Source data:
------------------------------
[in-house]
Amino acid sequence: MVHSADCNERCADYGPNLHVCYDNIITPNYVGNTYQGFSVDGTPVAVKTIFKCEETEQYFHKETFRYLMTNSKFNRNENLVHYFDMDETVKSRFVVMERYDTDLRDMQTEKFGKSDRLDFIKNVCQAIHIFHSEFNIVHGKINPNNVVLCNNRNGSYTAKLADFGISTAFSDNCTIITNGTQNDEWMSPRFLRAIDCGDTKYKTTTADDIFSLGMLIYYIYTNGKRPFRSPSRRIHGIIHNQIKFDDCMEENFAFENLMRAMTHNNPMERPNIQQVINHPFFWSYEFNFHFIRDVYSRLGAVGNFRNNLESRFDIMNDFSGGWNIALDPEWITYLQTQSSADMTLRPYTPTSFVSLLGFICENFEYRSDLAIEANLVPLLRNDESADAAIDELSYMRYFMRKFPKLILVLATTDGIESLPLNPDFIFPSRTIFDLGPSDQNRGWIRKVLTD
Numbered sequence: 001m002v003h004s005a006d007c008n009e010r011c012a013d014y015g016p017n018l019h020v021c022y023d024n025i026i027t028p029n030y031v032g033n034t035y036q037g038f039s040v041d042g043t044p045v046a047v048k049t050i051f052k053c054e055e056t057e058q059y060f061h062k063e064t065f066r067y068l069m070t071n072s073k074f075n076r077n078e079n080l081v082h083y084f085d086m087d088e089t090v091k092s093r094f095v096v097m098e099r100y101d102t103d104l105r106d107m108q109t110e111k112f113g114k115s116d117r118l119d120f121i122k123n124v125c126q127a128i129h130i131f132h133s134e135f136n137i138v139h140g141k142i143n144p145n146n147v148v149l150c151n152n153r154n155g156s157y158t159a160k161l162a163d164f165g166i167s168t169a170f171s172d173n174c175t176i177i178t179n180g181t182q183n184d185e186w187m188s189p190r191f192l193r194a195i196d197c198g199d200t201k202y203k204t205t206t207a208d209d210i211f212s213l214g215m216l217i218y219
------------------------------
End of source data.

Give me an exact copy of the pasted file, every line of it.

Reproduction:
[in-house]
Amino acid sequence: MVHSADCNERCADYGPNLHVCYDNIITPNYVGNTYQGFSVDGTPVAVKTIFKCEETEQYFHKETFRYLMTNSKFNRNENLVHYFDMDETVKSRFVVMERYDTDLRDMQTEKFGKSDRLDFIKNVCQAIHIFHSEFNIVHGKINPNNVVLCNNRNGSYTAKLADFGISTAFSDNCTIITNGTQNDEWMSPRFLRAIDCGDTKYKTTTADDIFSLGMLIYYIYTNGKRPFRSPSRRIHGIIHNQIKFDDCMEENFAFENLMRAMTHNNPMERPNIQQVINHPFFWSYEFNFHFIRDVYSRLGAVGNFRNNLESRFDIMNDFSGGWNIALDPEWITYLQTQSSADMTLRPYTPTSFVSLLGFICENFEYRSDLAIEANLVPLLRNDESADAAIDELSYMRYFMRKFPKLILVLATTDGIESLPLNPDFIFPSRTIFDLGPSDQNRGWIRKVLTD
Numbered sequence: 001m002v003h004s005a006d007c008n009e010r011c012a013d014y015g016p017n018l019h020v021c022y023d024n025i026i027t028p029n030y031v032g033n034t035y036q037g038f039s040v041d042g043t044p045v046a047v048k049t050i051f052k053c054e055e056t057e058q059y060f061h062k063e064t065f066r067y068l069m070t071n072s073k074f075n076r077n078e079n080l081v082h083y084f085d086m087d088e089t090v091k092s093r094f095v096v097m098e099r100y101d102t103d104l105r106d107m108q109t110e111k112f113g114k115s116d117r118l119d120f121i122k123n124v125c126q127a128i129h130i131f132h133s134e135f136n137i138v139h140g141k142i143n144p145n146n147v148v149l150c151n152n153r154n155g156s157y158t159a160k161l162a163d164f165g166i167s168t169a170f171s172d173n174c175t176i177i178t179n180g181t182q183n184d185e186w187m188s189p190r191f192l193r194a195i196d197c198g199d200t201k202y203k204t205t206t207a208d209d210i211f212s213l214g215m216l217i218y219